PHILADELPHIA (Reuters) - Presidential candidate Barack Obama will seek to quell a controversy over inflammatory rhetoric by his former pastor in a speech on Tuesday on the issue of race.
Flare-ups over race have roiled the campaign trail as Obama, who would become the first black U.S. president, battles for the Democratic nomination with fellow Sen. Hillary Clinton, who would be the first woman president.
Obama said the controversies have become a distraction to his campaign as he vies to become the nominee to face Republican Sen. John McCain in November.
An aide to Obama, whose speech will be delivered at a historic building across from Philadelphia’s Liberty Bell at 10:15 a.m. EDT, said the speech will have a strong personal element. Obama worked late into the night on Sunday drafting it.
Of particular concern is the uproar over comments by Rev. Jeremiah Wright, who served as the pastor at the Chicago church where the Illinois senator was a member for 20 years.
In sermons widely circulated in the media, Wright has called the September 11, 2001, attacks retribution for U.S. foreign policy, cited the U.S. government as the source of the AIDS virus, and railed against a racist America.
Wright recently retired from his role as pastor of Trinity United Church of Christ on Chicago’s South Side.
Obama has denounced Wright’s comments and the pastor stepped down from his role as spiritual adviser to the Obama campaign. Obama likened him to an “old uncle.”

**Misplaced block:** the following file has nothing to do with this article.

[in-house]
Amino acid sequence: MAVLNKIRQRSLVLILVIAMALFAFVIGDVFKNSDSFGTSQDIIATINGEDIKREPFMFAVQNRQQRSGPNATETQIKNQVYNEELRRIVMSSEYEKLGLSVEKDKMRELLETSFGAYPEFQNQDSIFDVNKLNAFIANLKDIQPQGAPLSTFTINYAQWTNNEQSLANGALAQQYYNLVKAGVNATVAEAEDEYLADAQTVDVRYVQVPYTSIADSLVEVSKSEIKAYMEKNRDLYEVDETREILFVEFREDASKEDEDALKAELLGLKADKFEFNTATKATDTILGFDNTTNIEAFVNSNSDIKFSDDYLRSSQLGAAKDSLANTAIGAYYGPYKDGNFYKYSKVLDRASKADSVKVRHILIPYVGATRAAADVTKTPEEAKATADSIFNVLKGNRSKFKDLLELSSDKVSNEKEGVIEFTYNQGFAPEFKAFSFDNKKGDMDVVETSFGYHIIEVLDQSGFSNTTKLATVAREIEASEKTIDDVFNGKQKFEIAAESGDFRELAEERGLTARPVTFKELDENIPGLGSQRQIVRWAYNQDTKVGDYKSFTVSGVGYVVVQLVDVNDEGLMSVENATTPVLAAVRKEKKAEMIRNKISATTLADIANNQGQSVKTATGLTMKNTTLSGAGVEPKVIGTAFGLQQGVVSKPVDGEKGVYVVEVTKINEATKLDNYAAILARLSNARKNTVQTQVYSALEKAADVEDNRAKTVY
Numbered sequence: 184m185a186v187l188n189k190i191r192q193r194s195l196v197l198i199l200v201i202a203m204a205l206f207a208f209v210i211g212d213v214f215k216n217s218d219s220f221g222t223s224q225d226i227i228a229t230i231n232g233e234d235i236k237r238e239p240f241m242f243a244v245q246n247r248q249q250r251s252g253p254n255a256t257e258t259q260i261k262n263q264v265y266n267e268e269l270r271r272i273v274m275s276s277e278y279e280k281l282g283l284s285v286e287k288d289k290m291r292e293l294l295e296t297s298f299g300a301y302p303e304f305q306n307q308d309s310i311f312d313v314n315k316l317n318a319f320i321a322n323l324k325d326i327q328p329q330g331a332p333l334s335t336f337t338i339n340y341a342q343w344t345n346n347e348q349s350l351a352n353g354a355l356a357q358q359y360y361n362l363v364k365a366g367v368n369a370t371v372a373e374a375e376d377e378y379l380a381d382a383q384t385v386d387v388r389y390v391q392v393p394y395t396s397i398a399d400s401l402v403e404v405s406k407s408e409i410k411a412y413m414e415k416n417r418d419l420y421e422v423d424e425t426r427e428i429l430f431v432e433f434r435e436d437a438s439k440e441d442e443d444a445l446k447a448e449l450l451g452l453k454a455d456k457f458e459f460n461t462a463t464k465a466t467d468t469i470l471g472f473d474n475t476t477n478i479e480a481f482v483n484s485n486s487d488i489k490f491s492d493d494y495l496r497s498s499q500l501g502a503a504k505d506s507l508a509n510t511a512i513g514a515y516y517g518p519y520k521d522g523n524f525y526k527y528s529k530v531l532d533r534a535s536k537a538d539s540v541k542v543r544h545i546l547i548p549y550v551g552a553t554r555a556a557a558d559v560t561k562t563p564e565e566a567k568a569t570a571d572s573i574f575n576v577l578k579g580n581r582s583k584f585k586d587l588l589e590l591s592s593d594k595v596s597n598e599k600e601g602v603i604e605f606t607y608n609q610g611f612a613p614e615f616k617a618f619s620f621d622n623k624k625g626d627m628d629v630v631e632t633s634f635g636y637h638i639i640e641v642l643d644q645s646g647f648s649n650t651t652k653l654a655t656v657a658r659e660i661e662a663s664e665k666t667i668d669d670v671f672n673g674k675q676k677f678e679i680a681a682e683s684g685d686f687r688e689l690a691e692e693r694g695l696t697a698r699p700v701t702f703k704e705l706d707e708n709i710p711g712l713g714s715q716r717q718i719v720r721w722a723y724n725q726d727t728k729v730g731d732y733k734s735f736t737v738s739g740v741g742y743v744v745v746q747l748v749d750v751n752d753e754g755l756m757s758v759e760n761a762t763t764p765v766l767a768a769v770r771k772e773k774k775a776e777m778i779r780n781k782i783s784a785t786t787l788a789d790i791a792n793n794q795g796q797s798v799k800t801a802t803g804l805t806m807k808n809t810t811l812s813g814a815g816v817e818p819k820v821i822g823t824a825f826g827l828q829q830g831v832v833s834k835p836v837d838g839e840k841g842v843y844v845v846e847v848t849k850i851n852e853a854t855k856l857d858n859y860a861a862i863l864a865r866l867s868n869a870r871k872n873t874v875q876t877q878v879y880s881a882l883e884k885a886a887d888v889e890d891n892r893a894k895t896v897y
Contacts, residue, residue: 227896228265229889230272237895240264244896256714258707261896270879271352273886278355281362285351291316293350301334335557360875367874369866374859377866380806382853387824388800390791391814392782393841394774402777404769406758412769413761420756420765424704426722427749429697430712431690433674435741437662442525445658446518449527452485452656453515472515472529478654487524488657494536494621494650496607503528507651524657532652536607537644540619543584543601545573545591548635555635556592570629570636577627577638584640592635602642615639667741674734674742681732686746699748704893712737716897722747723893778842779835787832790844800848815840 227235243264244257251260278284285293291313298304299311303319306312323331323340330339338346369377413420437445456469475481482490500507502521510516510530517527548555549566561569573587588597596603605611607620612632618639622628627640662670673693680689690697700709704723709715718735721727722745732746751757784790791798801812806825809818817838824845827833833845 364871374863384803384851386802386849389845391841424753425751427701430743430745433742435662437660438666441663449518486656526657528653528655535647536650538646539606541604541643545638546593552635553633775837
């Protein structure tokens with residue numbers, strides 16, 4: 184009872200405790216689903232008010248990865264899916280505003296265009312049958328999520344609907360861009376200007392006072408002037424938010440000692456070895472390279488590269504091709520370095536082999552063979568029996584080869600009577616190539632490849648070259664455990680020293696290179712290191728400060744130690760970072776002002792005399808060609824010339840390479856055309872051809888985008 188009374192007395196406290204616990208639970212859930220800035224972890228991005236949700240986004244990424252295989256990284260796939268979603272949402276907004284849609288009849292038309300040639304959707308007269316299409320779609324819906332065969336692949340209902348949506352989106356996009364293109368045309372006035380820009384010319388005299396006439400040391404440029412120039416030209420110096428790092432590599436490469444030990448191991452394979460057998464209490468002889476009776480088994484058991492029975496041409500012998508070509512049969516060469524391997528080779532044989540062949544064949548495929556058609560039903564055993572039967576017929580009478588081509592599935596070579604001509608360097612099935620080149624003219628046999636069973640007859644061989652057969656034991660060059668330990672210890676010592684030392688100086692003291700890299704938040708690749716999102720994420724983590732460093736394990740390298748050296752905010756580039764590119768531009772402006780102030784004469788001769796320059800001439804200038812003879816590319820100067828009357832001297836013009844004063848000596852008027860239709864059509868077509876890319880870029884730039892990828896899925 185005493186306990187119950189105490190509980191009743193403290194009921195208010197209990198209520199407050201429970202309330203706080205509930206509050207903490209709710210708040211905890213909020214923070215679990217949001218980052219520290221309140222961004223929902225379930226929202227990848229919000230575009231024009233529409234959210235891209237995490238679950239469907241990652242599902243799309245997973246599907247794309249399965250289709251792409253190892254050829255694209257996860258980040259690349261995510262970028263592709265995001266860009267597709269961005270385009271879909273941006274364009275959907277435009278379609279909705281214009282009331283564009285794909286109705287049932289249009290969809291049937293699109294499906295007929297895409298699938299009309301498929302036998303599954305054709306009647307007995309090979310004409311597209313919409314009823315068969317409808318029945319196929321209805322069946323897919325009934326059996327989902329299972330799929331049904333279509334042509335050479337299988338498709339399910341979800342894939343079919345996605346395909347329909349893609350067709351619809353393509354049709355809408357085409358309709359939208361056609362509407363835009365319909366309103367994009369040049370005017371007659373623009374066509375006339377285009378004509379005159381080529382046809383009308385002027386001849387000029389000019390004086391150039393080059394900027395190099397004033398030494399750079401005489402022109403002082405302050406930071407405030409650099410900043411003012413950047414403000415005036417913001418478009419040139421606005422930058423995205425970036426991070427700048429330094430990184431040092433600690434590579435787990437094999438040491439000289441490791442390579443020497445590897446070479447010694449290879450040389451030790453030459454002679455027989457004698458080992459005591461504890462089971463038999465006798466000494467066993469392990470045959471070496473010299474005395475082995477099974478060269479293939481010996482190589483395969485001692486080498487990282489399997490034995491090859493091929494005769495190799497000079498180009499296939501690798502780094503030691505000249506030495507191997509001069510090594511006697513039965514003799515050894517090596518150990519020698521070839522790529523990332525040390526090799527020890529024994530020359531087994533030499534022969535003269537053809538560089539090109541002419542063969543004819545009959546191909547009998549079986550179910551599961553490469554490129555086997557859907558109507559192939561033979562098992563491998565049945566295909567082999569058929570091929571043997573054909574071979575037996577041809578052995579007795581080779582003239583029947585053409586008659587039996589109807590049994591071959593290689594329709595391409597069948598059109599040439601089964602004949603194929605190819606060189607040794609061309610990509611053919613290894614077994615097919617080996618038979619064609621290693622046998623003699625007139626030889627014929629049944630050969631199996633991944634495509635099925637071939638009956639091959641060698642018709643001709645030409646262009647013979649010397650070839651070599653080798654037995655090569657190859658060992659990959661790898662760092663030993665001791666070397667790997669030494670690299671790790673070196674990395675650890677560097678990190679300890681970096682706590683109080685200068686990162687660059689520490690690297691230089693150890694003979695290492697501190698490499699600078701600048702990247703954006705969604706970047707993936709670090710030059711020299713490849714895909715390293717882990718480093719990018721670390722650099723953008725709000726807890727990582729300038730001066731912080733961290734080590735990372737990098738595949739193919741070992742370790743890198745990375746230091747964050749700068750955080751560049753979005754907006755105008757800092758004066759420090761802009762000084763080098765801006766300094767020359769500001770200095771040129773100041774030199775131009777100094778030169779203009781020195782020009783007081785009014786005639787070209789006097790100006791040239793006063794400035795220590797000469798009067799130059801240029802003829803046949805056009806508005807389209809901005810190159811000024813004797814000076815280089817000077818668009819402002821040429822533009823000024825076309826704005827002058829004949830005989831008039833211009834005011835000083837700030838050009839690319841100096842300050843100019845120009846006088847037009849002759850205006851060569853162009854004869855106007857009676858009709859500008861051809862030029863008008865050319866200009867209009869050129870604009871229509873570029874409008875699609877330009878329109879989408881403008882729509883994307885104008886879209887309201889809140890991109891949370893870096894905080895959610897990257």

Wright performed the marriage ceremony for Obama and his wife and baptized their two children.
TRANSCEND RACIAL DIVISIONS
In an interview on the PBS program “Newshour with Jim Lehrer,” Obama said the controversy threatened to overshadow his message of trying to transcend racial divisions.
“I would say that it has been a distraction from the core message of our campaign. I think part of what has always been the essence of my politics, not just this campaign, but my life is the idea that we’ve got to bring people together,” said Obama, who often talks of his upbringing as the son of a white woman from Kansas and a black man from Kenya.
The Clinton and Obama camps have accused each other of injecting race into the campaign.
Last week, Geraldine Ferraro, a Clinton supporter and 1984 vice presidential candidate, attributed Obama’s lead in the Democratic race to his being black.
Others took offense when Clinton’s husband, former President Bill Clinton, in January compared Obama’s victory in the South Carolina primary to success there by Jesse Jackson, a black candidate who ran for president in 1984 and 1988. Critics saw the remarks as a bid to marginalize Obama as a candidate only for black America.
But Bill Clinton told television interviewers on Monday it was a “myth” that the Clinton campaign engaged in racial politics in South Carolina.
“I went through South Carolina and never said a bad word about Senator Obama -- not one,” Bill Clinton said in an interview with an MTV college station in New Orleans.
Perceptions of racially tinged politics have cost Hillary Clinton support with black voters, who preferred Obama by eight to two in South Carolina and backed him by more than nine to one in a contest in Mississippi last week.
Hillary Clinton’s advisers have had little to say about the controversy involving Wright, deflecting questions by saying the issue was something voters would have to keep in mind.
Additional reporting by Jeff Mason; Editing by Doina Chiacu and Vicki Allen
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